Myths of the Norsemen From the Eddas and Sagas

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[226]admitted into Asgard again, and that sooner or later the gods, seeing the effect of his evil deeds, would regret having permitted him to roam the world, and would try either to bind or slay him, Loki withdrew to the mountains, where he built himself a hut, with four doors which he always left wide open to permit of a hasty escape. Carefully laying his plans, he decided that if the gods should come in search of him he would rush down to the neighbouring cataract, according to tradition the Fraananger force or stream, and, changing himself into a salmon, would thus evade his pursuers. He reasoned, however, that although he could easily avoid any hook, it might be difficult for him to effect his escape if the gods should fashion a net like that of the sea-goddess Ran.

Haunted by this fear, he decided to test the possibility of making such a mesh, and started to make one out of twine. He was still engaged upon the task when Odin, Kvasir, and Thor suddenly appeared in the distance; and knowing that they had discovered his retreat, Loki threw his half-finished net into the fire, and, rushing through one of his ever-open doors, he leaped into the waterfall, where, in the shape of a salmon, he hid among some stones in the bed of the stream.

The gods, finding the hut empty, were about to depart, when Kvasir perceived the remains of the burnt net on the hearth. After some thought an inspiration came to him, and he advised the gods to weave a similar implement and use it in searching for their foe in the neighbouring stream, since it would be like Loki to choose such a method of baffling their pursuit. This advice seemed good and was immediately followed, and, the net finished, the gods proceeded to drag the stream. Loki eluded the net at its first cast [227]by hiding at the bottom of the river between two stones; and when the gods weighted the mesh and tried a second time, he effected his escape by jumping up stream. A third attempt to secure him proved successful, however, for, as he once more tried to get away by a sudden leap, Thor caught him in mid-air and held him so fast, that he could not escape. The salmon, whose slipperiness is proverbial in the North, is noted for its remarkably slim tail, and Norsemen attribute this to Thor’s tight grasp upon his foe.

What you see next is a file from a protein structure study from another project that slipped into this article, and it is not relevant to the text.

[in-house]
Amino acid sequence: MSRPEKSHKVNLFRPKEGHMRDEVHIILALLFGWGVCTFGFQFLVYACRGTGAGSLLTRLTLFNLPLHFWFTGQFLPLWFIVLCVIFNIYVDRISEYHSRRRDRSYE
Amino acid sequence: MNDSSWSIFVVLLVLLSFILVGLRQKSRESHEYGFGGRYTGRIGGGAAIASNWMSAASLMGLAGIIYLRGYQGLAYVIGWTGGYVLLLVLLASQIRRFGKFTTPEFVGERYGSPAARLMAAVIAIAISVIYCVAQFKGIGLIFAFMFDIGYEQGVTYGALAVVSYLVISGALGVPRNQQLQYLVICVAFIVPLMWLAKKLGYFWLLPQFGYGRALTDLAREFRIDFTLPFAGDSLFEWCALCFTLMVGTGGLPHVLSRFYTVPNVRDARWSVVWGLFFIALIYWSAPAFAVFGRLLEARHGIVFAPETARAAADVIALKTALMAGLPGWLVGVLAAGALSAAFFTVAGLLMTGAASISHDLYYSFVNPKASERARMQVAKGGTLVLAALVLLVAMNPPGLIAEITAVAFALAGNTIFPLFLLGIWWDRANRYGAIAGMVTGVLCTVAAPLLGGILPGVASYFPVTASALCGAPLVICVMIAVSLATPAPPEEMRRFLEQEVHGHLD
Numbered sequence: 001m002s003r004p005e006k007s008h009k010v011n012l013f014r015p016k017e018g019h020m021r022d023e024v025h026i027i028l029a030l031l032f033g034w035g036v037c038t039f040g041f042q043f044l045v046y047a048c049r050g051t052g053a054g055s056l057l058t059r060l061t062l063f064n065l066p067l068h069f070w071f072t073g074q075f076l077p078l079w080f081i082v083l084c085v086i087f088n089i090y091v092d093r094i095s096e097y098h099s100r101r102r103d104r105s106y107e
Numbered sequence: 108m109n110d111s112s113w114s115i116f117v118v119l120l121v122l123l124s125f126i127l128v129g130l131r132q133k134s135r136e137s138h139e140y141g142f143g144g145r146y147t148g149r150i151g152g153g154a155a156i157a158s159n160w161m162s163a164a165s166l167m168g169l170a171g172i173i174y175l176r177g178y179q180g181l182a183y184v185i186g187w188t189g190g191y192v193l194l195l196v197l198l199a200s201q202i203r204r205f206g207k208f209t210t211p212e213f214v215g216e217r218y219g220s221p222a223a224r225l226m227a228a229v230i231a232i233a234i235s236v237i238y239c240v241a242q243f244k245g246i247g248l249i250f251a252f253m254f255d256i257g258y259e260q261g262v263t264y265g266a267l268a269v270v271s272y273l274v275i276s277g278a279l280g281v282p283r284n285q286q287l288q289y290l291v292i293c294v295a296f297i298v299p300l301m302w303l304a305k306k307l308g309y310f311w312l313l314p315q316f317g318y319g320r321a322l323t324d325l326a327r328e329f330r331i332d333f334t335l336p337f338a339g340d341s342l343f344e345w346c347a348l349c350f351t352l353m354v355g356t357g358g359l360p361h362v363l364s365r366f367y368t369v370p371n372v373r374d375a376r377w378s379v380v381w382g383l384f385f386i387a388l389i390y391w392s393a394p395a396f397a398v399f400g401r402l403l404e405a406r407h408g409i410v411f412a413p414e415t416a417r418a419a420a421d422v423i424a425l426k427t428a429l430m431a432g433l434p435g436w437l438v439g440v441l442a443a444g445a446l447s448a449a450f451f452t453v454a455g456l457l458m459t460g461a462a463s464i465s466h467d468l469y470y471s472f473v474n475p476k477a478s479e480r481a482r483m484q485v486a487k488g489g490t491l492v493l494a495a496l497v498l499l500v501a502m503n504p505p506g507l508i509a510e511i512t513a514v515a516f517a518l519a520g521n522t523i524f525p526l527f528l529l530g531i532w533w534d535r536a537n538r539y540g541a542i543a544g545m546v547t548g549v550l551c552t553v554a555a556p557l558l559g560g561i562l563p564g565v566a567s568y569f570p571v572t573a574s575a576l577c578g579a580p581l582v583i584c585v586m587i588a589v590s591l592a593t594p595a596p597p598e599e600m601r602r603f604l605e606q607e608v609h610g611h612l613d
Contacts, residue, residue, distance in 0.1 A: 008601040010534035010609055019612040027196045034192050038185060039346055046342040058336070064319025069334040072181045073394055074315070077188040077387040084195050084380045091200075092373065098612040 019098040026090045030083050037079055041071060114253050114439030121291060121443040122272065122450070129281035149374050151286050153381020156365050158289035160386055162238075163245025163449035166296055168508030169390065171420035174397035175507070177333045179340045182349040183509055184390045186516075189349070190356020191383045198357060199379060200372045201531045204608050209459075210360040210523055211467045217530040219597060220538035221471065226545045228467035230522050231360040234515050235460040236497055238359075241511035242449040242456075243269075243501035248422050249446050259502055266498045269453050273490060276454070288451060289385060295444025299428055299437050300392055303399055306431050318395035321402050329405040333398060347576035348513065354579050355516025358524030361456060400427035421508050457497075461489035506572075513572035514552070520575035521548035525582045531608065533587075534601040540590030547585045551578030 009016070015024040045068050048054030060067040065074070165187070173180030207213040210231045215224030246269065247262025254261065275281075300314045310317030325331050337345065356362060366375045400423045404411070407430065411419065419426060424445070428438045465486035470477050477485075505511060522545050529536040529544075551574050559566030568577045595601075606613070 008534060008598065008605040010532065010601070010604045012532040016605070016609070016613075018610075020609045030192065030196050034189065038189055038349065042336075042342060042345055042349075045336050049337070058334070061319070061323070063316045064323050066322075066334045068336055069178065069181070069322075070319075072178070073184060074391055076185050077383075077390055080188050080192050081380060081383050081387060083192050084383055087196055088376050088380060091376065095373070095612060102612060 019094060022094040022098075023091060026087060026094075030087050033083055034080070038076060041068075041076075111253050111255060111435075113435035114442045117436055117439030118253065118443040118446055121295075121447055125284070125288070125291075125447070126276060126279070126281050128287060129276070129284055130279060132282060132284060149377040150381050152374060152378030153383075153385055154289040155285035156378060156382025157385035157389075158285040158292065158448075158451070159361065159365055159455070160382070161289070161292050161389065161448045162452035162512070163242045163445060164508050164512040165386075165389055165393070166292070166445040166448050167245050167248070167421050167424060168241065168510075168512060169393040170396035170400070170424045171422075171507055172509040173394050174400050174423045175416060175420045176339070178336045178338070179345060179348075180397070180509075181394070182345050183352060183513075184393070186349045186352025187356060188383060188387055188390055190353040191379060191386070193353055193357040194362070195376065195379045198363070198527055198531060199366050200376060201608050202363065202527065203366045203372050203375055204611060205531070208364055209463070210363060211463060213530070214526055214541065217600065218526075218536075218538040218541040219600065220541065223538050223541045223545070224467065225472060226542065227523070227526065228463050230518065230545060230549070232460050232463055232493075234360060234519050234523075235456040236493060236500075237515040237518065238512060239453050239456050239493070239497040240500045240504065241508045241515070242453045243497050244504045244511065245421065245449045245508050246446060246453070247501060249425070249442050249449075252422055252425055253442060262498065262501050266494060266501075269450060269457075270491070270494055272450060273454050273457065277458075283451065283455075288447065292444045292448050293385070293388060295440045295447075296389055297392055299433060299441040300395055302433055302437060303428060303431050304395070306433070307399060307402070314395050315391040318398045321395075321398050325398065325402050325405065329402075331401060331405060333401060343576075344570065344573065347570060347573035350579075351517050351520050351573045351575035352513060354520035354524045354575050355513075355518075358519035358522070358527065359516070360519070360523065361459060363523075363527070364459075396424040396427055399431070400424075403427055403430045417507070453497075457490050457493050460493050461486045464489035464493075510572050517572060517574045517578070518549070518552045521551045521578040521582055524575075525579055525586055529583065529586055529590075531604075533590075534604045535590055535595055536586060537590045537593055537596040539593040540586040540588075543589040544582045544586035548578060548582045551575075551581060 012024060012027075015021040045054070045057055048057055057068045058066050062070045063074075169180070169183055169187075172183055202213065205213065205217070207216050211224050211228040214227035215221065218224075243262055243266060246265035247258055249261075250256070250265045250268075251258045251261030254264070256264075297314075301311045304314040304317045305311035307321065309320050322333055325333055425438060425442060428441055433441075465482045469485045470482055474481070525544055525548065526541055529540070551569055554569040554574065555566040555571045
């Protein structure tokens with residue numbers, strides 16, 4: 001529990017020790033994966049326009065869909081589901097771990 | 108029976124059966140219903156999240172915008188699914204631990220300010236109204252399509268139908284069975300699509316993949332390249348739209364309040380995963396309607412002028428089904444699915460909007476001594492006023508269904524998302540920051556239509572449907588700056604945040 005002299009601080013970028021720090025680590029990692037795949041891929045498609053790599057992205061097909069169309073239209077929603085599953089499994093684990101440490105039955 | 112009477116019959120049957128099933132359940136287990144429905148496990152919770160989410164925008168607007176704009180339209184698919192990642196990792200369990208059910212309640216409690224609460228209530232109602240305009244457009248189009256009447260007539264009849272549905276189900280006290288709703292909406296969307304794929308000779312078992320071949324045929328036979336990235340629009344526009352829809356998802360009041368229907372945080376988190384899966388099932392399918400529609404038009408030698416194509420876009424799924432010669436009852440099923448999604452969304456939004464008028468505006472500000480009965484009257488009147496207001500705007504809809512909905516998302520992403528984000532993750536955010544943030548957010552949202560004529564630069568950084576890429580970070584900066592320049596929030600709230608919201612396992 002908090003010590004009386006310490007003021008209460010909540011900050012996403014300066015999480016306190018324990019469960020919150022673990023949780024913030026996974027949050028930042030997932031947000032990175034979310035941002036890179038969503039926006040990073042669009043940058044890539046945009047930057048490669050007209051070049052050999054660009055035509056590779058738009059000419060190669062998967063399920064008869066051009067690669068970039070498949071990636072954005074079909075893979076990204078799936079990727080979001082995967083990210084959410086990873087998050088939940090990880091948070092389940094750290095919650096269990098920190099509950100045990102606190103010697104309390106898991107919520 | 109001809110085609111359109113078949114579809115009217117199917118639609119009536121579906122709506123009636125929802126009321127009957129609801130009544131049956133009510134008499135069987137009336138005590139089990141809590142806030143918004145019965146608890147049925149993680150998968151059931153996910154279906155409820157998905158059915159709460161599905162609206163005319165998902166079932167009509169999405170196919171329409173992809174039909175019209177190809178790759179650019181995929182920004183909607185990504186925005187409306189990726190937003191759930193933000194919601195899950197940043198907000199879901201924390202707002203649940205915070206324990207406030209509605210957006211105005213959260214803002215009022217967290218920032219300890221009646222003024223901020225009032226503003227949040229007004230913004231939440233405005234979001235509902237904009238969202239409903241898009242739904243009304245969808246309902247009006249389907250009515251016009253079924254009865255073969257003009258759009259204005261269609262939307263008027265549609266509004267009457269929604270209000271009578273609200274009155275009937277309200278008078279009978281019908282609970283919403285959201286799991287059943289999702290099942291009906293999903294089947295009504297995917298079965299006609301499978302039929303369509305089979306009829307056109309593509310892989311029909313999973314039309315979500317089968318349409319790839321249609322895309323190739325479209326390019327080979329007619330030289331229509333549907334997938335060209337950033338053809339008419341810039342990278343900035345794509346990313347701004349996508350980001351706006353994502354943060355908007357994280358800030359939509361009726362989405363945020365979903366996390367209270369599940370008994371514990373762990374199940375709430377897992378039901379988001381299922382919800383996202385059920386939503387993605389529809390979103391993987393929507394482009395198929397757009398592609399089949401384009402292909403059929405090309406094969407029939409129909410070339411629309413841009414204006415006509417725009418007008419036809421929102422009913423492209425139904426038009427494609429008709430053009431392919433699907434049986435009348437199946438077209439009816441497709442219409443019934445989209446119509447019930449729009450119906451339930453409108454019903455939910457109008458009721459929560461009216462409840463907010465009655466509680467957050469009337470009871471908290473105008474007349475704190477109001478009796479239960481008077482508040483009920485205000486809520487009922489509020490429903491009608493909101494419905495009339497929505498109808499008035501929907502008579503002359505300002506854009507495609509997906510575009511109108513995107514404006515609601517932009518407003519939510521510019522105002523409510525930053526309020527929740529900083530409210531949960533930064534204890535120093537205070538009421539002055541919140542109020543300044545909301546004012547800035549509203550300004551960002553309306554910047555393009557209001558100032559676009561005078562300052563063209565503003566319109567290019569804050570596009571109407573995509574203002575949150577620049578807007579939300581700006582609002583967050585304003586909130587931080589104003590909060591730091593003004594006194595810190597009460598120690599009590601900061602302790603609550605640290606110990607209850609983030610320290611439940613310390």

Loki’s Punishment

Loki now sullenly resumed his wonted shape, and his captors dragged him down into a cavern, where they made him fast, using as bonds the entrails of his son Narve, who had been torn to pieces by Vali, his brother, whom the gods had changed into a wolf for the purpose. One of these fetters was passed under Loki’s shoulders, and one under his loins, thereby securing him firmly hand and foot; but the gods, not feeling quite satisfied that the strips, tough and enduring though they were, would not give way, changed them into adamant or iron.

“Thee, on a rock’s point,

With the entrails of thy ice-cold son,

The gods will bind.”

Sæmund’s Edda (Thorpe’s tr.).

Skadi, the giantess, a personification of the cold mountain stream, who had joyfully watched the fettering of her foe (subterranean fire), now fastened a serpent directly over his head, so that its venom would fall, drop by drop, upon his upturned face. But Sigyn, Loki’s faithful wife, hurried with a cup to his side, and until the day of Ragnarok she remained by him, catching the drops as they fell, and never leaving her post [228]except when her vessel was full, and she was obliged to empty it. Only during her short absences could the drops of venom fall upon Loki’s face, and then they caused such intense pain that he writhed with anguish, his efforts to get free shaking the earth and producing the earthquakes which so frighten mortals.

“Ere they left him in his anguish,

O’er his treacherous brow, ungrateful,

Skadi hung a serpent hateful,

Venom drops for aye distilling,

Every nerve with torment filling;

Thus shall he in horror languish.

By him, still unwearied kneeling,

Sigyn at his tortured side,—

Faithful wife! with beaker stealing

Drops of venom as they fall,—

Agonising poison all!

Sleepless, changeless, ever dealing

Comfort, will she still abide;

Only when the cup’s o’erflowing

Must fresh pain and smarting cause,